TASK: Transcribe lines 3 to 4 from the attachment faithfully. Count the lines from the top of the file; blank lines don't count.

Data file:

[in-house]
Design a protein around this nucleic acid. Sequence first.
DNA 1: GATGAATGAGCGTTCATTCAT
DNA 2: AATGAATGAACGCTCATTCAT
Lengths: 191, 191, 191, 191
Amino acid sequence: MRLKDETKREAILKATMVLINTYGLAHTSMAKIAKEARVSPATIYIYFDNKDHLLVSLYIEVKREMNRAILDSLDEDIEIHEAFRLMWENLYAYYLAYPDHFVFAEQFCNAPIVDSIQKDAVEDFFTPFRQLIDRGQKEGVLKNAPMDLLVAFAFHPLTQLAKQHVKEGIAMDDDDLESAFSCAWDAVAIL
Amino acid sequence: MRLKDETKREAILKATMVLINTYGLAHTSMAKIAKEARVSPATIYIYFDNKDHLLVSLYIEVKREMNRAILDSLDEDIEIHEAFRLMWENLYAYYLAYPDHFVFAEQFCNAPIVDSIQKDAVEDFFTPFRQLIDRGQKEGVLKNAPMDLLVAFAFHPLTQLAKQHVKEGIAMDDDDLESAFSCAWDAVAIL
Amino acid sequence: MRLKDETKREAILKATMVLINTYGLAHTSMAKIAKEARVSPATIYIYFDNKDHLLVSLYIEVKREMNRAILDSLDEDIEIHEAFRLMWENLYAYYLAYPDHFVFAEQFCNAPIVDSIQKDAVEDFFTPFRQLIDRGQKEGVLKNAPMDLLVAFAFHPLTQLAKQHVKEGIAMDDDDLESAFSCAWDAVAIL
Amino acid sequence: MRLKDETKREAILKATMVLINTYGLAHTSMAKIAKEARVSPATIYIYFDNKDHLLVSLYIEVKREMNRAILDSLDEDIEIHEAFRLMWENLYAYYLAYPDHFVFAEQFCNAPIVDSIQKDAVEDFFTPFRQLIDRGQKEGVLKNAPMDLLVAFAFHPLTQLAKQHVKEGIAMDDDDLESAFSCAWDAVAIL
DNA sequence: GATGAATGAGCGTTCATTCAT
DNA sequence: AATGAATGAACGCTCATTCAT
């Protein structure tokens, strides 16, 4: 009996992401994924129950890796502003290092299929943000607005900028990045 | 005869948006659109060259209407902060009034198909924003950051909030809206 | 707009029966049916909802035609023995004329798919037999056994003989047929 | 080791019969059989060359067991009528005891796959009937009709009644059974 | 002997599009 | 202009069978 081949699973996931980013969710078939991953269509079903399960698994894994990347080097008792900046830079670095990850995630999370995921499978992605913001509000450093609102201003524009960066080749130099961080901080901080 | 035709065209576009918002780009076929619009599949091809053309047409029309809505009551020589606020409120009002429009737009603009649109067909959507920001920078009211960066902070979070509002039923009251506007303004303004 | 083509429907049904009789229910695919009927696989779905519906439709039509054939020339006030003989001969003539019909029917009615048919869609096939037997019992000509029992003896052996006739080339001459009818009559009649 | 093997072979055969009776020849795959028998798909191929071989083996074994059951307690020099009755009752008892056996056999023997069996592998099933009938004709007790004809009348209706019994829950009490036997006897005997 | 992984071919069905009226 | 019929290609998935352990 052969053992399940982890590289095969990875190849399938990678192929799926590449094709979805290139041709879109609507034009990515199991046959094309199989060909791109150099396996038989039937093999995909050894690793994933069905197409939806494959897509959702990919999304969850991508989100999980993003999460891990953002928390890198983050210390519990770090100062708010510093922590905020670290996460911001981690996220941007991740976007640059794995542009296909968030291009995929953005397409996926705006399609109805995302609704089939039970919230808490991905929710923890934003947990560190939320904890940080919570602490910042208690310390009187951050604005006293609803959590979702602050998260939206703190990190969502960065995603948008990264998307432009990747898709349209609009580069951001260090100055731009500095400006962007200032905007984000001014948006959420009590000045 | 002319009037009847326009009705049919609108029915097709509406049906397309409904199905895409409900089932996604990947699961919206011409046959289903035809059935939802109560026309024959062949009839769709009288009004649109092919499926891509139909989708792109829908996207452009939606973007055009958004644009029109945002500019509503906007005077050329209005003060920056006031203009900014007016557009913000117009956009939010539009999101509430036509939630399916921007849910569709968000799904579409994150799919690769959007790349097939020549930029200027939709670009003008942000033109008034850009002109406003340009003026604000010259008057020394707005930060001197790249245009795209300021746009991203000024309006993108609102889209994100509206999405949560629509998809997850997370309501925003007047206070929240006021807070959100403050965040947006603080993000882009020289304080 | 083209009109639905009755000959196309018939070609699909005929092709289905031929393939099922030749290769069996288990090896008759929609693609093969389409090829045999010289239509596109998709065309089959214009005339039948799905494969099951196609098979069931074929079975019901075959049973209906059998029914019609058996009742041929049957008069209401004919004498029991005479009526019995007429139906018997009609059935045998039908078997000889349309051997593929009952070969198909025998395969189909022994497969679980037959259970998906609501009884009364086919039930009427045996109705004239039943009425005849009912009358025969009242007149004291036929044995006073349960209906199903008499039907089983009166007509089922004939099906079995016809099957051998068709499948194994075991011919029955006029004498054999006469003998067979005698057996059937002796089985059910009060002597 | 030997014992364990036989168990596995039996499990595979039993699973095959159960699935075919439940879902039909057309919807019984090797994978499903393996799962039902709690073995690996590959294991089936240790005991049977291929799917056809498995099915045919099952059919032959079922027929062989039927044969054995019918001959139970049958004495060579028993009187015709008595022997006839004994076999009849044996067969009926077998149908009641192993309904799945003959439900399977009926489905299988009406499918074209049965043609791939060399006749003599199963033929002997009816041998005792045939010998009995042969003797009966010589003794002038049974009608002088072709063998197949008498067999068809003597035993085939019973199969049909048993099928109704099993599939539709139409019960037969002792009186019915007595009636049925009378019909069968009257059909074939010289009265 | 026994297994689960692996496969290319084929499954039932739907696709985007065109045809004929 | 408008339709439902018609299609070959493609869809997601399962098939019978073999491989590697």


DNA 1: GATGAATGAGCGTTCATTCAT
DNA 2: AATGAATGAACGCTCATTCAT